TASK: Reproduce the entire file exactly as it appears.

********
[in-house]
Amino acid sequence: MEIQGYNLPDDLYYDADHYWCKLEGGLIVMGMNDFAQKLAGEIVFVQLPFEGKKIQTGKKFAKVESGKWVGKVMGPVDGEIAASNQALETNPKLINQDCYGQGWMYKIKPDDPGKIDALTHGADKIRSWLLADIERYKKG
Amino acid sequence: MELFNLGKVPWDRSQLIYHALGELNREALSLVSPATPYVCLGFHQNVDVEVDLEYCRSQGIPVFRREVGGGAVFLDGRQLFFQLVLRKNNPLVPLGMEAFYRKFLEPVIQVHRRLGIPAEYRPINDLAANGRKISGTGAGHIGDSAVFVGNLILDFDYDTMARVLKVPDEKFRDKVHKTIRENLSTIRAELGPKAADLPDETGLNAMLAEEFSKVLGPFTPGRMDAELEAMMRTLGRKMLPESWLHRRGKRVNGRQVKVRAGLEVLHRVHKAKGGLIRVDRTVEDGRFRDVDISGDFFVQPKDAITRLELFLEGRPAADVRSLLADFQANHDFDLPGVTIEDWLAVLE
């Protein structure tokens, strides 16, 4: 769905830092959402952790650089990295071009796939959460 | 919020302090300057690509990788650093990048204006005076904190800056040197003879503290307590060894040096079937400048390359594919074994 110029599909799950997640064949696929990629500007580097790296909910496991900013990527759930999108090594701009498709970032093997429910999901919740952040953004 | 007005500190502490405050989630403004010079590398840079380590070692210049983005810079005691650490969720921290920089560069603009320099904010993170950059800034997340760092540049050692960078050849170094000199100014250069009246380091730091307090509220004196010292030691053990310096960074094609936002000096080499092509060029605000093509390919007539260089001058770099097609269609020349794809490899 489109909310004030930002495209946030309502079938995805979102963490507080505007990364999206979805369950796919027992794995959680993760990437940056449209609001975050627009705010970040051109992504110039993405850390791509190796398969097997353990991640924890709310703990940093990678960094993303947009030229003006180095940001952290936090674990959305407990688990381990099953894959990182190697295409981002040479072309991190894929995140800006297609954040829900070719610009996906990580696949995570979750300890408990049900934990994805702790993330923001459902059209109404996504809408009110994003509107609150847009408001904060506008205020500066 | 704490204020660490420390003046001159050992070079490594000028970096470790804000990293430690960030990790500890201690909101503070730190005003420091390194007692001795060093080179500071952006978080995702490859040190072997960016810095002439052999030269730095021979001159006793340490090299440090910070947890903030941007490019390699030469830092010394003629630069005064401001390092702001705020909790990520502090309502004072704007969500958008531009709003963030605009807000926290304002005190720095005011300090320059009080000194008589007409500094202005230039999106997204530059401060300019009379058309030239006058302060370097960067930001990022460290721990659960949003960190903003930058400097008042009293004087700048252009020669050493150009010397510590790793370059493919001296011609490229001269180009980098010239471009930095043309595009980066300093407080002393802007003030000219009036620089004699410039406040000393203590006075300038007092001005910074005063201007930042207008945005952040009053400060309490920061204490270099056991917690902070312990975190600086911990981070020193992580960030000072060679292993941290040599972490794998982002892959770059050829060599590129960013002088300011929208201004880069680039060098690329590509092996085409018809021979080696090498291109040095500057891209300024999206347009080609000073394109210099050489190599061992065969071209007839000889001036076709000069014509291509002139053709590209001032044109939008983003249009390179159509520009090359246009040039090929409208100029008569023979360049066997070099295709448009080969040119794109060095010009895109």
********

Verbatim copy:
[in-house]
Amino acid sequence: MEIQGYNLPDDLYYDADHYWCKLEGGLIVMGMNDFAQKLAGEIVFVQLPFEGKKIQTGKKFAKVESGKWVGKVMGPVDGEIAASNQALETNPKLINQDCYGQGWMYKIKPDDPGKIDALTHGADKIRSWLLADIERYKKG
Amino acid sequence: MELFNLGKVPWDRSQLIYHALGELNREALSLVSPATPYVCLGFHQNVDVEVDLEYCRSQGIPVFRREVGGGAVFLDGRQLFFQLVLRKNNPLVPLGMEAFYRKFLEPVIQVHRRLGIPAEYRPINDLAANGRKISGTGAGHIGDSAVFVGNLILDFDYDTMARVLKVPDEKFRDKVHKTIRENLSTIRAELGPKAADLPDETGLNAMLAEEFSKVLGPFTPGRMDAELEAMMRTLGRKMLPESWLHRRGKRVNGRQVKVRAGLEVLHRVHKAKGGLIRVDRTVEDGRFRDVDISGDFFVQPKDAITRLELFLEGRPAADVRSLLADFQANHDFDLPGVTIEDWLAVLE
């Protein structure tokens, strides 16, 4: 769905830092959402952790650089990295071009796939959460 | 919020302090300057690509990788650093990048204006005076904190800056040197003879503290307590060894040096079937400048390359594919074994 110029599909799950997640064949696929990629500007580097790296909910496991900013990527759930999108090594701009498709970032093997429910999901919740952040953004 | 007005500190502490405050989630403004010079590398840079380590070692210049983005810079005691650490969720921290920089560069603009320099904010993170950059800034997340760092540049050692960078050849170094000199100014250069009246380091730091307090509220004196010292030691053990310096960074094609936002000096080499092509060029605000093509390919007539260089001058770099097609269609020349794809490899 489109909310004030930002495209946030309502079938995805979102963490507080505007990364999206979805369950796919027992794995959680993760990437940056449209609001975050627009705010970040051109992504110039993405850390791509190796398969097997353990991640924890709310703990940093990678960094993303947009030229003006180095940001952290936090674990959305407990688990381990099953894959990182190697295409981002040479072309991190894929995140800006297609954040829900070719610009996906990580696949995570979750300890408990049900934990994805702790993330923001459902059209109404996504809408009110994003509107609150847009408001904060506008205020500066 | 704490204020660490420390003046001159050992070079490594000028970096470790804000990293430690960030990790500890201690909101503070730190005003420091390194007692001795060093080179500071952006978080995702490859040190072997960016810095002439052999030269730095021979001159006793340490090299440090910070947890903030941007490019390699030469830092010394003629630069005064401001390092702001705020909790990520502090309502004072704007969500958008531009709003963030605009807000926290304002005190720095005011300090320059009080000194008589007409500094202005230039999106997204530059401060300019009379058309030239006058302060370097960067930001990022460290721990659960949003960190903003930058400097008042009293004087700048252009020669050493150009010397510590790793370059493919001296011609490229001269180009980098010239471009930095043309595009980066300093407080002393802007003030000219009036620089004699410039406040000393203590006075300038007092001005910074005063201007930042207008945005952040009053400060309490920061204490270099056991917690902070312990975190600086911990981070020193992580960030000072060679292993941290040599972490794998982002892959770059050829060599590129960013002088300011929208201004880069680039060098690329590509092996085409018809021979080696090498291109040095500057891209300024999206347009080609000073394109210099050489190599061992065969071209007839000889001036076709000069014509291509002139053709590209001032044109939008983003249009390179159509520009090359246009040039090929409208100029008569023979360049066997070099295709448009080969040119794109060095010009895109």